Quantum Physics / Fall 2008
MWF 10am and TW 1-4
Professor Ann Silversmith Office
Research Lab G072 x4739
Several texts will be used in conjunction with the lectures for this course. If you took 195 last spring you already own three of them.
In addition, you are asked to purchase the following new book at the college store:
The physics you studied in 190 and 195 was well understood during the 19th century. In this course we will start to learn about physics that was developed during the early part of the 20th century. The course is still called "Modern Physics" at many colleges, but in fact we'll be learning about the development of quantum mechanics that took place before 1940. Because 1940 doesn’t seem all that “Modern” anymore, we decided to change the name of the course.
Our goal is to learn about the basic ideas of quantum physics and their applications to simple systems as well as to provide an introduction to some of the more advanced areas of modern (i.e.. post-quantum) physics. We will study the phenomenology of quantum mechanics and develop basic mathematical tools for predicting and understanding the behavior of simple quantum systems and will apply those ideas to some basic systems, particularly to atoms. You will learn to solve simple quantum systems and to interpret the solutions in physical terms.
I am not sure how the pace of the course will go. We will hope to cover the first 8 chapters of E&R and have time to touch on the physics presented in chapter 9. Chapters 5, 6, and 7 form the core of the material.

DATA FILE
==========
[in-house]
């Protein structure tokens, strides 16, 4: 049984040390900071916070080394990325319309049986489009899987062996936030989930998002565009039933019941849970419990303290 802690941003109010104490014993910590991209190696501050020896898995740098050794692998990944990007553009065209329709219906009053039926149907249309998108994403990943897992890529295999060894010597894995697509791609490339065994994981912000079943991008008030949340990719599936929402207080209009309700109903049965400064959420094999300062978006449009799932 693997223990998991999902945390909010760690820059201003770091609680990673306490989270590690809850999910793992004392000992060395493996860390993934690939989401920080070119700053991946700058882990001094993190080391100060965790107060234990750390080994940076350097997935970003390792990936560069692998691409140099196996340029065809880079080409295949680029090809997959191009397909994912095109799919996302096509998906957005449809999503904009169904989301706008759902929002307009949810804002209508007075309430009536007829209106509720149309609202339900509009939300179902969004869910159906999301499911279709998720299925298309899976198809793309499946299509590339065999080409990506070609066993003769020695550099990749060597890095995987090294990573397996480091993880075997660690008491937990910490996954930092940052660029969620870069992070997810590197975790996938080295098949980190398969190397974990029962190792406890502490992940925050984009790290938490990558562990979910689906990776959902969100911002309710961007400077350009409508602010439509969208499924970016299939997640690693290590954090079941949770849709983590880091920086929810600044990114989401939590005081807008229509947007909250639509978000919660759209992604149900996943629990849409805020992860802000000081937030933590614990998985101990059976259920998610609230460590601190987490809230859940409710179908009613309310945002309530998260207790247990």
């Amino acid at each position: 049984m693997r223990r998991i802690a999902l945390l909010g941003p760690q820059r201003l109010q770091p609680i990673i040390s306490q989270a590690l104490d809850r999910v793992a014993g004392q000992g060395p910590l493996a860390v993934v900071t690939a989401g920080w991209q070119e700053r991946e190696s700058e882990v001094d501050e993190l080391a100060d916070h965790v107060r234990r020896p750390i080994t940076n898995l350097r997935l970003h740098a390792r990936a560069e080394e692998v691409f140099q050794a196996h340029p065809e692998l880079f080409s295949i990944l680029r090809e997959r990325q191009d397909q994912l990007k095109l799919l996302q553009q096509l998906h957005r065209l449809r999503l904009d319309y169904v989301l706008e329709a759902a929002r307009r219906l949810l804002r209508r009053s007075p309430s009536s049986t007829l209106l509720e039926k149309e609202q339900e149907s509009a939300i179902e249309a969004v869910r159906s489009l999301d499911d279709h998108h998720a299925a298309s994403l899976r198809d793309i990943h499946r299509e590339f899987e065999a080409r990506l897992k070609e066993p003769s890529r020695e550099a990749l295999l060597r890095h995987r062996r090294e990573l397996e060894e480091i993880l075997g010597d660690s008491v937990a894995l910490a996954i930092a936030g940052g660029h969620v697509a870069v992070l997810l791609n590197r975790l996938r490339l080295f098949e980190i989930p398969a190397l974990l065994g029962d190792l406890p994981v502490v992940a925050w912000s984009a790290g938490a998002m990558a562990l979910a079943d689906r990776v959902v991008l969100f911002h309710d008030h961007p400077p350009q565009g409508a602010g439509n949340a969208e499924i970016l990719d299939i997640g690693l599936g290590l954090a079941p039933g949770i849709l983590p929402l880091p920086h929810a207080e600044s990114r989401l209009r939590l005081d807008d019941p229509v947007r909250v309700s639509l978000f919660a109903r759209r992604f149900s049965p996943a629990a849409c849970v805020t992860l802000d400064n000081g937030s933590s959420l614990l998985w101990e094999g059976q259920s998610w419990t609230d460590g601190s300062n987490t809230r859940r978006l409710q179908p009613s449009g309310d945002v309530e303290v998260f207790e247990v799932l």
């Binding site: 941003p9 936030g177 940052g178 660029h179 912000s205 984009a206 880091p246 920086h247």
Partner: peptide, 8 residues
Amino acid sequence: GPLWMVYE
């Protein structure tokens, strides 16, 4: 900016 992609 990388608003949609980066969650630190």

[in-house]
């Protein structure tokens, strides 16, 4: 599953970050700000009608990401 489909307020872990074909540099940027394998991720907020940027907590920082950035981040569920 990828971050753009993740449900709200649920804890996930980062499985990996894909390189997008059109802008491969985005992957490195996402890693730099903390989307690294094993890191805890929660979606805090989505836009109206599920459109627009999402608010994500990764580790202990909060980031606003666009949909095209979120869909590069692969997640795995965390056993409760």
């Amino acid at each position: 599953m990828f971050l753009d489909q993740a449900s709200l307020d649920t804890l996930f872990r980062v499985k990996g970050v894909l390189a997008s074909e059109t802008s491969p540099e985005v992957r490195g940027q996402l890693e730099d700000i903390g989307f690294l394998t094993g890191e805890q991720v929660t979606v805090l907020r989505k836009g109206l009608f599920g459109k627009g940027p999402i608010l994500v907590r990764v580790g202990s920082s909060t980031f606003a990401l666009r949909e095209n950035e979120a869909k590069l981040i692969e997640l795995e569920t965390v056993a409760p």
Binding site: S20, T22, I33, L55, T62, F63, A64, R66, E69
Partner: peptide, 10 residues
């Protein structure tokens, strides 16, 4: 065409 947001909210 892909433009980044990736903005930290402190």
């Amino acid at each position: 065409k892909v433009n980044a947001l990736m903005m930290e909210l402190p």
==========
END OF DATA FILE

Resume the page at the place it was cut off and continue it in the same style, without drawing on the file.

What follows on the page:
This course will make free use of basic mathematics through calculus and will move into solution of simple differential equations and partial differential equations. You will use the spreadsheet program Excel extensively to do numerical calculations and to do data analysis for lab work.
The grade for the course will be based on homework, labs, and exams as follows:
You will receive weekly reading and homework assignments. Problem sets will be due at the beginning of class on Wednesdays. In order to discourage undesirable behavior I will charge for late homework at the rate of 20% of the homework grade per day for 2 days and will not accept HW after Friday’s class. Please get your problem sets in on time! Solutions will be posted on either Wednesday or Friday.
Lab begins this week with a group exercise measurement of the speed of light in air. During subsequent weeks, all experimental work and analysis will be done with a lab partner. Lab partners will rotate from week to week. Always plan to spend 3 hours in lab. As indicated on the schedule, we will use two of our lab periods for midterm exams.
I have not provided a pre-planned (day by day) syllabus for this course. I would like to cover through chapter 8 in E&R. Chapters 4-7 will form the core of the material.
Besides doing problem sets, you have the important jobs of keeping on top of the reading and participating fully during classes by asking and answering questions. The success of the course depends on all of us!